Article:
German speakers tend to think understanding Dutch is a mere formality. Although the two languages are similar, Dutch is not as easy to understand as you might think initially. But no worries, some extra knowledge can help you understand at least part of (written) Dutch pretty fast.

Search for similar vowels

First of all, you need to know how written vowels are pronounced and where they resemble German vowels. For example, as soon as you know that “ij” is similarly pronounced like the German “ei“, you will quickly be able to figure out what “ijs” (“Ice”) means. Another character to keep in mind is the consonant “z”, which in Dutch is pronounced similar to the German “s”. Combining both cases in the word “zijn“, it should be pretty easy to figure out what the word means (“to be”). Furthermore, the Dutch “ou” is pronounced “au“. With this knowledge, you should easily figure out the meaning for the word “vrouw” (“woman”). Another tricky vowel is the Dutch “oe” which is pronounced similar to the German “u” (or more like the “oo” in “choose”).

Let’s summarise this:

  • ij = ei
  • z = s
  • ou = au
  • oe = u

Tackle the pronunciation

If you start learning Dutch, the vowels are probably the most tricky part to pronounce. The most difficult Dutch vowels are “ui“, which in itself means “onion” and “eu” which sounds similar to the Germa “ö”. This last one is pretty important because you find “eu” in the word “leuk” which the Dutchies use quite frequently when describing something as nice, fun etc. Not pronouncing these vowels correctly will uncover your fake Dutchness within seconds. So, if you start learning Dutch, you might want a Dutchie to help you tackle these vowels.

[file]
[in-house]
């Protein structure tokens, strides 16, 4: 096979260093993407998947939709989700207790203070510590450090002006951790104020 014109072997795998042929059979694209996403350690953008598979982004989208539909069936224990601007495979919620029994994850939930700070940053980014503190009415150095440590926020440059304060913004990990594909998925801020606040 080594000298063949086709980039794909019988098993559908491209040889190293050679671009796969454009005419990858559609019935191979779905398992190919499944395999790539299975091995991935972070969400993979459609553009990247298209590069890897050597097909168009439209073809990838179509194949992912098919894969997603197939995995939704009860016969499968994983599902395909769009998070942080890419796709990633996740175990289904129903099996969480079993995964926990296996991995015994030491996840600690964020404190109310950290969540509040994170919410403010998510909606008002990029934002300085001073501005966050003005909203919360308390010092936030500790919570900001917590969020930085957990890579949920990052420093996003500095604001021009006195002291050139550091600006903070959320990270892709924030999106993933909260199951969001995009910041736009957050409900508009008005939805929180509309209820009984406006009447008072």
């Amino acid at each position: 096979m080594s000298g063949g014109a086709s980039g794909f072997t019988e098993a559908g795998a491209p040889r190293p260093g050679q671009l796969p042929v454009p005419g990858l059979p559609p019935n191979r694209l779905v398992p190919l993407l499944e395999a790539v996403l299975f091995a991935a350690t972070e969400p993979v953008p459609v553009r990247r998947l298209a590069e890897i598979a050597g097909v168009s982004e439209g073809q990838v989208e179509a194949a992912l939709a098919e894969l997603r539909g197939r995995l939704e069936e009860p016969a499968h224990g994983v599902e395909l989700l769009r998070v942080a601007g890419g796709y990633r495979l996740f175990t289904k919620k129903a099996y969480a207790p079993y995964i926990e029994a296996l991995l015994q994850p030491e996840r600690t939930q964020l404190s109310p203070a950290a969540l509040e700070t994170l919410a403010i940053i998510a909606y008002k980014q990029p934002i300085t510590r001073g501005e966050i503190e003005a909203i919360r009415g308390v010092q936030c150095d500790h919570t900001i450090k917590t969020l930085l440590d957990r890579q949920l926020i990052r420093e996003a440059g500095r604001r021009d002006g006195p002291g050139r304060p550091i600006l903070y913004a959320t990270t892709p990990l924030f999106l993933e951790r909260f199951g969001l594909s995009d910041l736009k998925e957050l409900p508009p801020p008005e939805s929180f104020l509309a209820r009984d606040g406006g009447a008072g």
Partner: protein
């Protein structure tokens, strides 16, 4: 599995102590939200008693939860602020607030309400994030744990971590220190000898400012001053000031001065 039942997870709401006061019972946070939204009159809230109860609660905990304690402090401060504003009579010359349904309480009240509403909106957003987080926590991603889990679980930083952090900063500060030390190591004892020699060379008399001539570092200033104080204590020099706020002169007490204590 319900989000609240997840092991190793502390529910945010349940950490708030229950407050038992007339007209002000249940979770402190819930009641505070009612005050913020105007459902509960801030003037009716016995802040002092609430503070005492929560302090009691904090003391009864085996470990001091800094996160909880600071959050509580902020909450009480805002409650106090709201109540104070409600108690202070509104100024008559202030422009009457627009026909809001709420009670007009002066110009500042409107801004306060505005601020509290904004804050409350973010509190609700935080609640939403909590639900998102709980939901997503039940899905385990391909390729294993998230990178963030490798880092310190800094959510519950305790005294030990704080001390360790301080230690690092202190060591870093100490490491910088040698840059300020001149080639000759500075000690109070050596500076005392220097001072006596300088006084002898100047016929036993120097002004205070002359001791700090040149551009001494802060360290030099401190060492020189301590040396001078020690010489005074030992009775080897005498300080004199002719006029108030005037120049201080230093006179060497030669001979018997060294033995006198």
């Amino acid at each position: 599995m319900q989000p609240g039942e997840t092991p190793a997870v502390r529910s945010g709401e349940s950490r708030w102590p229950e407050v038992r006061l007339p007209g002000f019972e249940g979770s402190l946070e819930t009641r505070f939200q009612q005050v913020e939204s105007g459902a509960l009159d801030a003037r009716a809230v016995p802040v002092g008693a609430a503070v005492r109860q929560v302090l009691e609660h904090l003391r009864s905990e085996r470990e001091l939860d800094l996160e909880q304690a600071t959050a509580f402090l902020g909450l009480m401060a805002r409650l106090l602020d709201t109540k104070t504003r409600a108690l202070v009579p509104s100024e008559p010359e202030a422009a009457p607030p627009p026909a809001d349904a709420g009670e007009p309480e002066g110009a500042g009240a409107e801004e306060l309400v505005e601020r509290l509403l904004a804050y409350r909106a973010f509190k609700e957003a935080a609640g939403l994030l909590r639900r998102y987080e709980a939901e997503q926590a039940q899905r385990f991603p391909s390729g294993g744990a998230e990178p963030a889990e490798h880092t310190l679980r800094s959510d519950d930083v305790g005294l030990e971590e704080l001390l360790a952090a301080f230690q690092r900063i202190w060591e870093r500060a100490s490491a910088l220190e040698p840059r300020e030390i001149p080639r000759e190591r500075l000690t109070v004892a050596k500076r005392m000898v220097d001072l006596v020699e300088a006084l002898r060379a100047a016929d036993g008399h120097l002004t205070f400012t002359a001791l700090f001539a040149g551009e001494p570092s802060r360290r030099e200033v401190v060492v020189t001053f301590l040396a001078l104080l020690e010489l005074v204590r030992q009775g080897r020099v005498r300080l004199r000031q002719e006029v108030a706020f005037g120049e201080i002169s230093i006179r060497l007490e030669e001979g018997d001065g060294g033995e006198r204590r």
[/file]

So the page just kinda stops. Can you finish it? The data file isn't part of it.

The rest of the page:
Be aware of false friends

If you start speaking Dutch, you’ll notice that you can “Dutchify” a lot of German words. Try to make the German word sound Dutch, and in many cases, your Dutch opposite will understand. Even though they’ll sometime think you speak some old Dutch. However, there are some false friends which could make for some quizzical looks. Let’s start with the one of which I needed to bite my tong quite sometimes. If you like someone in German, you can say “Ich komme gut mit ihm/ihr klar”. Don’t Dutchify this one! Except the both of you are involved in some sexual activity (in Dutch it means “to ejaculate”). Another common one is the sea-lake confusion. In German, a lake is “Ein See” whereas the sea is called “Das Meer”. Dutch follows the English with the sea called “de zee”. However, and that’s where the confusion begins, a lake in Dutch is called “het meer”. Also be aware of the interrogatives. The German “wie” doesn’t have the same meaning as the Dutch “wie” (=”wer”). “Was”, in German “what”, can be either the past tense of the verb “zijn” (you should know that one by now) or means “laundry”. Last but not least, the most tricky one: the conjunction “als” (“as”, “than”, “when” or “while”). Since I am still doing this wrong from time to time I let you figure this one out yourself.

Use the diminutive whenever you can

The Dutchies love to make things smaller with merely adding the ending “je“. Ice cream becomes “ijsje” (little ice cream), and even the biggest things can be little f.e. if you are sitting “in het zonnetje” on a sunny day in spring.

Last but not least, the languages German and Dutch are similar. Use a dictionary like or an app to translate the words you read in the supermarket, on the street, in the train etc. and you will pretty soon get a feeling for the “Dutchified” German words.

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